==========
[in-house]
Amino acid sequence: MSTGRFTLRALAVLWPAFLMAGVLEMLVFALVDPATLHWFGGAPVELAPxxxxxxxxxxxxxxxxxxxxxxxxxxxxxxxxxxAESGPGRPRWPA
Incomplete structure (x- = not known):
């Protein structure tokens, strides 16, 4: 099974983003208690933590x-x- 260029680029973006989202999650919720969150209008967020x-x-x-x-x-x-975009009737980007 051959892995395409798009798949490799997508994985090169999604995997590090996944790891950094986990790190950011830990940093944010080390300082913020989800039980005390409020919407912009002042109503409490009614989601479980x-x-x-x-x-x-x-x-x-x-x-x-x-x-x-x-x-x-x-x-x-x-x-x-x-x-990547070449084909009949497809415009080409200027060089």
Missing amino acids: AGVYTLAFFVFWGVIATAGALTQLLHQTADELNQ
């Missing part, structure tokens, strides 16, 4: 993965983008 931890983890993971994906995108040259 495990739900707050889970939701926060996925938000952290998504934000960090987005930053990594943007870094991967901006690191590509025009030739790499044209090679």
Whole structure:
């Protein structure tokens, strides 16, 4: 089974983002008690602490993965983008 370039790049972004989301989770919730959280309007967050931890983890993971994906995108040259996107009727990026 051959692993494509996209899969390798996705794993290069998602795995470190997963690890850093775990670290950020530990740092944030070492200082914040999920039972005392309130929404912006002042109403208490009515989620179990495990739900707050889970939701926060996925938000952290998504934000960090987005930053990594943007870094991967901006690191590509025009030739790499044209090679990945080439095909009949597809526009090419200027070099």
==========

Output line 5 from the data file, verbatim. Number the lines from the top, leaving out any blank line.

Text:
Missing amino acids: AGVYTLAFFVFWGVIATAGALTQLLHQTADELNQ